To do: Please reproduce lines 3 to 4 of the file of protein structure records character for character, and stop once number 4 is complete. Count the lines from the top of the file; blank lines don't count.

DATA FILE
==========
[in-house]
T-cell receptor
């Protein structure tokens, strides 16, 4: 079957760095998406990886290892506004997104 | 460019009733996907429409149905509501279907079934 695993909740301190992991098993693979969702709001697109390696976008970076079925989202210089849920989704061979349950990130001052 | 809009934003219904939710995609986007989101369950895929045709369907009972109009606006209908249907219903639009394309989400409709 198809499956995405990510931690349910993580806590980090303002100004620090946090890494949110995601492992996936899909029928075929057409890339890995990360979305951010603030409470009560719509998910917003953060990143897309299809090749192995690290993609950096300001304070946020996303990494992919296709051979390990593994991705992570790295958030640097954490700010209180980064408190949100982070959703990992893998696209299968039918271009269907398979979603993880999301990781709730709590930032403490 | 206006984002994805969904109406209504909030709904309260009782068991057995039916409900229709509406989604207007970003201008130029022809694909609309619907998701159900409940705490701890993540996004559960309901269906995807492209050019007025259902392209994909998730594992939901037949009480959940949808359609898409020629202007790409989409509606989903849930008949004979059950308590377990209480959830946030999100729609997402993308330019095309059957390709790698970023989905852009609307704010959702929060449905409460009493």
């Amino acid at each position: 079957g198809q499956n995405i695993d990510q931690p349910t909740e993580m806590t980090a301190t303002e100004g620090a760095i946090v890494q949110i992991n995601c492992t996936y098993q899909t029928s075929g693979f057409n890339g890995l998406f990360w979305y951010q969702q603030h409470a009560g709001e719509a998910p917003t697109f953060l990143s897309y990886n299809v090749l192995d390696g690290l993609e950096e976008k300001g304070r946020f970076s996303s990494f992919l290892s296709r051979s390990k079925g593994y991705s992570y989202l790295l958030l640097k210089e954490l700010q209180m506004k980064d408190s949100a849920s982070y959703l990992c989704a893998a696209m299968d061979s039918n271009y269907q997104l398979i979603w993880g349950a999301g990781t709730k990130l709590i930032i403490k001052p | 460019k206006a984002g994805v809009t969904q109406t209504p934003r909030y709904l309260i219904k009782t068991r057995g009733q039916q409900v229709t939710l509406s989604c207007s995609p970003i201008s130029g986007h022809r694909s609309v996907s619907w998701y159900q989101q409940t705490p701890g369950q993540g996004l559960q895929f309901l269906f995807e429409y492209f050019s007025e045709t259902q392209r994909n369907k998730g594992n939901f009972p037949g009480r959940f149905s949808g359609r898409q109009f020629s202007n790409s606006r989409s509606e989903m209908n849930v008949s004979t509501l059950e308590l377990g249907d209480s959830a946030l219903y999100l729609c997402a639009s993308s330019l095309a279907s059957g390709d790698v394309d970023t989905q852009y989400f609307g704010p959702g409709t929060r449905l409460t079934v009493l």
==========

């Protein structure tokens, strides 16, 4: 079957760095998406990886290892506004997104 | 460019009733996907429409149905509501279907079934 695993909740301190992991098993693979969702709001697109390696976008970076079925989202210089849920989704061979349950990130001052 | 809009934003219904939710995609986007989101369950895929045709369907009972109009606006209908249907219903639009394309989400409709 198809499956995405990510931690349910993580806590980090303002100004620090946090890494949110995601492992996936899909029928075929057409890339890995990360979305951010603030409470009560719509998910917003953060990143897309299809090749192995690290993609950096300001304070946020996303990494992919296709051979390990593994991705992570790295958030640097954490700010209180980064408190949100982070959703990992893998696209299968039918271009269907398979979603993880999301990781709730709590930032403490 | 206006984002994805969904109406209504909030709904309260009782068991057995039916409900229709509406989604207007970003201008130029022809694909609309619907998701159900409940705490701890993540996004559960309901269906995807492209050019007025259902392209994909998730594992939901037949009480959940949808359609898409020629202007790409989409509606989903849930008949004979059950308590377990209480959830946030999100729609997402993308330019095309059957390709790698970023989905852009609307704010959702929060449905409460009493």
């Amino acid at each position: 079957g198809q499956n995405i695993d990510q931690p349910t909740e993580m806590t980090a301190t303002e100004g620090a760095i946090v890494q949110i992991n995601c492992t996936y098993q899909t029928s075929g693979f057409n890339g890995l998406f990360w979305y951010q969702q603030h409470a009560g709001e719509a998910p917003t697109f953060l990143s897309y990886n299809v090749l192995d390696g690290l993609e950096e976008k300001g304070r946020f970076s996303s990494f992919l290892s296709r051979s390990k079925g593994y991705s992570y989202l790295l958030l640097k210089e954490l700010q209180m506004k980064d408190s949100a849920s982070y959703l990992c989704a893998a696209m299968d061979s039918n271009y269907q997104l398979i979603w993880g349950a999301g990781t709730k990130l709590i930032i403490k001052p | 460019k206006a984002g994805v809009t969904q109406t209504p934003r909030y709904l309260i219904k009782t068991r057995g009733q039916q409900v229709t939710l509406s989604c207007s995609p970003i201008s130029g986007h022809r694909s609309v996907s619907w998701y159900q989101q409940t705490p701890g369950q993540g996004l559960q895929f309901l269906f995807e429409y492209f050019s007025e045709t259902q392209r994909n369907k998730g594992n939901f009972p037949g009480r959940f149905s949808g359609r898409q109009f020629s202007n790409s606006r989409s509606e989903m209908n849930v008949s004979t509501l059950e308590l377990g249907d209480s959830a946030l219903y999100l729609c997402a639009s993308s330019l095309a279907s059957g390709d790698v394309d970023t989905q852009y989400f609307g704010p959702g409709t929060r449905l409460t079934v009493l």